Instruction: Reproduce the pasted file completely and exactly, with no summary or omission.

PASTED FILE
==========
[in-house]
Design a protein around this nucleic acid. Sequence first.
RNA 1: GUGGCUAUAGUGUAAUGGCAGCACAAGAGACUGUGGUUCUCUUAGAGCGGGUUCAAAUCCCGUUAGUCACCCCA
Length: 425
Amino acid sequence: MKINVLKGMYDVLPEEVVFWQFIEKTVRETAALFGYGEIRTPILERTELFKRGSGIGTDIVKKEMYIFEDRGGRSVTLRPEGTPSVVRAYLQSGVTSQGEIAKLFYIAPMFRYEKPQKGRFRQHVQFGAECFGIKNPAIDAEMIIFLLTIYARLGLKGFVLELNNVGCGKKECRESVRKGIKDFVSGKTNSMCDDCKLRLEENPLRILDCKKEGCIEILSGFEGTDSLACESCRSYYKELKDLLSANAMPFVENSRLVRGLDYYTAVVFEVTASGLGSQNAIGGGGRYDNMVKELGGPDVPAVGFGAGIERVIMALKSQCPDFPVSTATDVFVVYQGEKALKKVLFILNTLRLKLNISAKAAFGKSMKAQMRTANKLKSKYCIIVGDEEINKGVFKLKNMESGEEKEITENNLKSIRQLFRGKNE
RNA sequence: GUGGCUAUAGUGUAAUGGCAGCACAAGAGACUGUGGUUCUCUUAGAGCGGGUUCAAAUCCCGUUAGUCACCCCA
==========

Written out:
[in-house]
Design a protein around this nucleic acid. Sequence first.
RNA 1: GUGGCUAUAGUGUAAUGGCAGCACAAGAGACUGUGGUUCUCUUAGAGCGGGUUCAAAUCCCGUUAGUCACCCCA
Length: 425
Amino acid sequence: MKINVLKGMYDVLPEEVVFWQFIEKTVRETAALFGYGEIRTPILERTELFKRGSGIGTDIVKKEMYIFEDRGGRSVTLRPEGTPSVVRAYLQSGVTSQGEIAKLFYIAPMFRYEKPQKGRFRQHVQFGAECFGIKNPAIDAEMIIFLLTIYARLGLKGFVLELNNVGCGKKECRESVRKGIKDFVSGKTNSMCDDCKLRLEENPLRILDCKKEGCIEILSGFEGTDSLACESCRSYYKELKDLLSANAMPFVENSRLVRGLDYYTAVVFEVTASGLGSQNAIGGGGRYDNMVKELGGPDVPAVGFGAGIERVIMALKSQCPDFPVSTATDVFVVYQGEKALKKVLFILNTLRLKLNISAKAAFGKSMKAQMRTANKLKSKYCIIVGDEEINKGVFKLKNMESGEEKEITENNLKSIRQLFRGKNE
RNA sequence: GUGGCUAUAGUGUAAUGGCAGCACAAGAGACUGUGGUUCUCUUAGAGCGGGUUCAAAUCCCGUUAGUCACCCCA